Bee Parts: What do Bees Use Their Antennae For? – Astor Apiaries

Bee Parts: What do Bees Use Their Antennae For?

Every action that defines the life of a bee would not be possible without their antennae. The two long, wavy sensory organs perched on bees’ heads give them powers straight from a science fiction film. The basic senses include smell, hearing, and taste- as well as humidity, carbon dioxide, gravity, and wind speed detection. Who knew that two humble antennae were capable of so much?

Honey bee on a flower.
Photo by Michael Held on Unsplash

Structure of Antennae

All bees have antennae with the same basic structure to collect information. There are four muscles at the base of the antenna which control its movement. From the bottom of the bee’s head extends the scape – joined to the pedicel with a joint that allows it to move in different directions. Connected to the pedicel is the flagellum, the part of the antenna with all the receptors. Male bees have 11 subsegments on their flagellum, and females have 10. Not only do antennae vary based on a bee’s gender, but it also varies based on the type of bee: eusocial and solitary bees. Eusocial bees live in dense colonies with specialized roles to play, so their antennae have more functions to help them communicate with their colony members, perceive pheromones, forage for nectar, etc.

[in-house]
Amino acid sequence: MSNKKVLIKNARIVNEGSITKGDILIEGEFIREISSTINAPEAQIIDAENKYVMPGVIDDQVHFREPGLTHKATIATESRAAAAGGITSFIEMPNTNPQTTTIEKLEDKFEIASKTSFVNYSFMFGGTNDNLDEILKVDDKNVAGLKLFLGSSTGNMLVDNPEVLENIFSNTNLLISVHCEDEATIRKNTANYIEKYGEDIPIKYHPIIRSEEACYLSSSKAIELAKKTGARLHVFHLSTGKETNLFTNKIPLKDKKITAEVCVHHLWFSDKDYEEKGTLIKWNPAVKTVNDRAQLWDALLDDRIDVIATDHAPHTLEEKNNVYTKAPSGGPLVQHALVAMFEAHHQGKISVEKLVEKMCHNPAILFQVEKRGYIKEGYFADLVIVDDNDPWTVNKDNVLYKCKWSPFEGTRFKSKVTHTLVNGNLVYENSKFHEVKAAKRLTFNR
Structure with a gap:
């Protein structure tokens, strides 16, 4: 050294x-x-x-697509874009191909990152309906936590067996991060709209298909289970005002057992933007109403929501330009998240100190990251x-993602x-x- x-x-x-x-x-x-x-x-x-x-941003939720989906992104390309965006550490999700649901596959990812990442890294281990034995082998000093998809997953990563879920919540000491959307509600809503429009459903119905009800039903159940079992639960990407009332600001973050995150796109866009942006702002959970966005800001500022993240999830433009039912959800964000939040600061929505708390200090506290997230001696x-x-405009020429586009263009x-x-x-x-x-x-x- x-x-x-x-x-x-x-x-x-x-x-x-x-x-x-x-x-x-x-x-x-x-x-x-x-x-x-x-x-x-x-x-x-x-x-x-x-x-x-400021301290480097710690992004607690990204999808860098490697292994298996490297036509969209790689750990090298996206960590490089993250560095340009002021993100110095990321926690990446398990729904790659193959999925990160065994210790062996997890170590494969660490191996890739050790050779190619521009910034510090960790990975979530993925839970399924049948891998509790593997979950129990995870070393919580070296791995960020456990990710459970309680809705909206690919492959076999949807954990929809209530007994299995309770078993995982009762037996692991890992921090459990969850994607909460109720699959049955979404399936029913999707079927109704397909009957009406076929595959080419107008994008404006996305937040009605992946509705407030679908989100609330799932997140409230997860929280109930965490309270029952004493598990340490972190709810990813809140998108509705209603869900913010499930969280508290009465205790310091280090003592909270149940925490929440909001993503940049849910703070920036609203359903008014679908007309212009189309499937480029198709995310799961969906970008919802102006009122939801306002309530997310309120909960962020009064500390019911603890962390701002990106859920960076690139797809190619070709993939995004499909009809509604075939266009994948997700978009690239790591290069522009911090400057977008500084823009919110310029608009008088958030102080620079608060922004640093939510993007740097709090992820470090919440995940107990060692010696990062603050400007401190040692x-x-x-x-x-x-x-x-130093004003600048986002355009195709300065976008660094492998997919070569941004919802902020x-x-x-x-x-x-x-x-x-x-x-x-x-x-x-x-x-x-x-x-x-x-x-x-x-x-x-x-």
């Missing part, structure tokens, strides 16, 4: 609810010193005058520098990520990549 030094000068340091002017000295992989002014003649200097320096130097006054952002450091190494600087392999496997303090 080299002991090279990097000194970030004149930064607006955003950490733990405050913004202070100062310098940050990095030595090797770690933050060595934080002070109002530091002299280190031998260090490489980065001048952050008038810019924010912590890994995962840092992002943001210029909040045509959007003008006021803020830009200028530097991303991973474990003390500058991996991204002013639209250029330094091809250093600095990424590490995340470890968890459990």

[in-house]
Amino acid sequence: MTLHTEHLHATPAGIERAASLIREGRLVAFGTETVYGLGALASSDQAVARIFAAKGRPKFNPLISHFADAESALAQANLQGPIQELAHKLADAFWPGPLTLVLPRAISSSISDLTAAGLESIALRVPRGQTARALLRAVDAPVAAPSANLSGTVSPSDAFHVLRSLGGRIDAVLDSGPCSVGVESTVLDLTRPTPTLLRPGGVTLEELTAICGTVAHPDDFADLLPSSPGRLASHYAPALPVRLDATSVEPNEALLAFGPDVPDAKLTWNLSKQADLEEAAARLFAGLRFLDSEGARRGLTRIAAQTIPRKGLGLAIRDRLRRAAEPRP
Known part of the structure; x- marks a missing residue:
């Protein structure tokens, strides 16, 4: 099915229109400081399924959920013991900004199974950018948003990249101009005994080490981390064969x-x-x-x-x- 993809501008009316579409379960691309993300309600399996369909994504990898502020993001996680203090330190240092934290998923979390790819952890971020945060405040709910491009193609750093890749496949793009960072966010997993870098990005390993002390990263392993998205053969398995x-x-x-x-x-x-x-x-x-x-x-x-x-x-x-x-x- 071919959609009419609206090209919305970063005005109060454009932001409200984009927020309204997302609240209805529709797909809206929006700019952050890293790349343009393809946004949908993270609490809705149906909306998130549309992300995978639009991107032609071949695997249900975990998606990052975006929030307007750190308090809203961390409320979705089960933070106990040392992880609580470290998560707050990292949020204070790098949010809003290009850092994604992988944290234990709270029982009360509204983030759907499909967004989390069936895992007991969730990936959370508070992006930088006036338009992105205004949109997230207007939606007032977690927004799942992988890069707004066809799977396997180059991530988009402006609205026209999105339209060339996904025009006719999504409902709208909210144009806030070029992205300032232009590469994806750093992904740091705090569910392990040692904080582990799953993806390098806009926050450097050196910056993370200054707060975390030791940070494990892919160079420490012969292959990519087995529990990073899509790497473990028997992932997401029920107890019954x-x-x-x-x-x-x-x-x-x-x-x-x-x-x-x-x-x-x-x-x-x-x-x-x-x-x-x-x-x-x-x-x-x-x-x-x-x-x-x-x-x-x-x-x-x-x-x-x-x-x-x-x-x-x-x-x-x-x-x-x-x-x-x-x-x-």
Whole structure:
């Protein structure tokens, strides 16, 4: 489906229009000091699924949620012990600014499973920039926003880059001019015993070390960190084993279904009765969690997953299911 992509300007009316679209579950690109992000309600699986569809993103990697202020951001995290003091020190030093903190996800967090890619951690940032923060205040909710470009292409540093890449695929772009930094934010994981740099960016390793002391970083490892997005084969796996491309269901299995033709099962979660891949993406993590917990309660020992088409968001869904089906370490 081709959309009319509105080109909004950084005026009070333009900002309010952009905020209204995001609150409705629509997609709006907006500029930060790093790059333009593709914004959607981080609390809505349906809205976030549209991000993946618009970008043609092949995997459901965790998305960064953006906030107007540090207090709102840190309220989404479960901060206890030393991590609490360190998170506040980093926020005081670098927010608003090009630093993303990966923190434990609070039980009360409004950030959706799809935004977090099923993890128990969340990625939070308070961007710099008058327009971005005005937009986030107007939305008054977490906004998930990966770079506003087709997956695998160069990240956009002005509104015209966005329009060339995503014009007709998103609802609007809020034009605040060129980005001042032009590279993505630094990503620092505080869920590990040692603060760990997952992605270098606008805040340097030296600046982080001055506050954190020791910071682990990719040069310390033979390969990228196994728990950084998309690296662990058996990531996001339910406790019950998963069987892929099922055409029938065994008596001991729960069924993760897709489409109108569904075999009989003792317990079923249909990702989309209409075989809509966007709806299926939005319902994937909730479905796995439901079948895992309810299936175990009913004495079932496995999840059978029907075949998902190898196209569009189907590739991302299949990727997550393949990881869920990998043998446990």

Scents and Pheromone Perception

Scent Reception – Bees find flowers based on the nectar’s sugar content and how far the source is. Foragers want the sweetest nectar to make honey. The more sugar that nectar has, the more nutritious it is (this health advice only applies to bees!). But how do they determine the highest sugar levels in the most efficient way? Workers don’t go around to every type of flower and take a sample. They can smell traces of sweetness, even midflight. Or rather, the odor receptors on their antennae detect sugar, even while they’re flying. The ability to smell sugar also relates to why bees have two antennae. It’s not just for aesthetic purposes though bees would look rather odd with only one. With two flexible antennae, bees can detect at least two different paths of nectar, and they can compare which one is stronger and adjust their flight path accordingly. 

Scent reception also helps bees perform another task: removing the dead bodies of their fallen kin. Bees rarely die in the hive because they fly away when they sense their demise or die on foraging trips. However, when that doesn’t happen, undertakers must carry the dead about 100 meters away from the hive because corpses can spread infection and deadly diseases. In a swarm of around 80,000 bees, it would be impossible to simply spot an unmoving bee. Dead bees release a particular scent, so only a remarkable sense of smell, courtesy of the antennae, let undertaker bees find corpses and carry them away.

Pheromone Communication – When a queen bee is ready to mate, she releases a pheromone to attract drone bees. Drones, the male bees, have longer antennae and around 300,000 chemoreceptors, 100 times more than females, so that they can sense and mate with a queen mid-flight.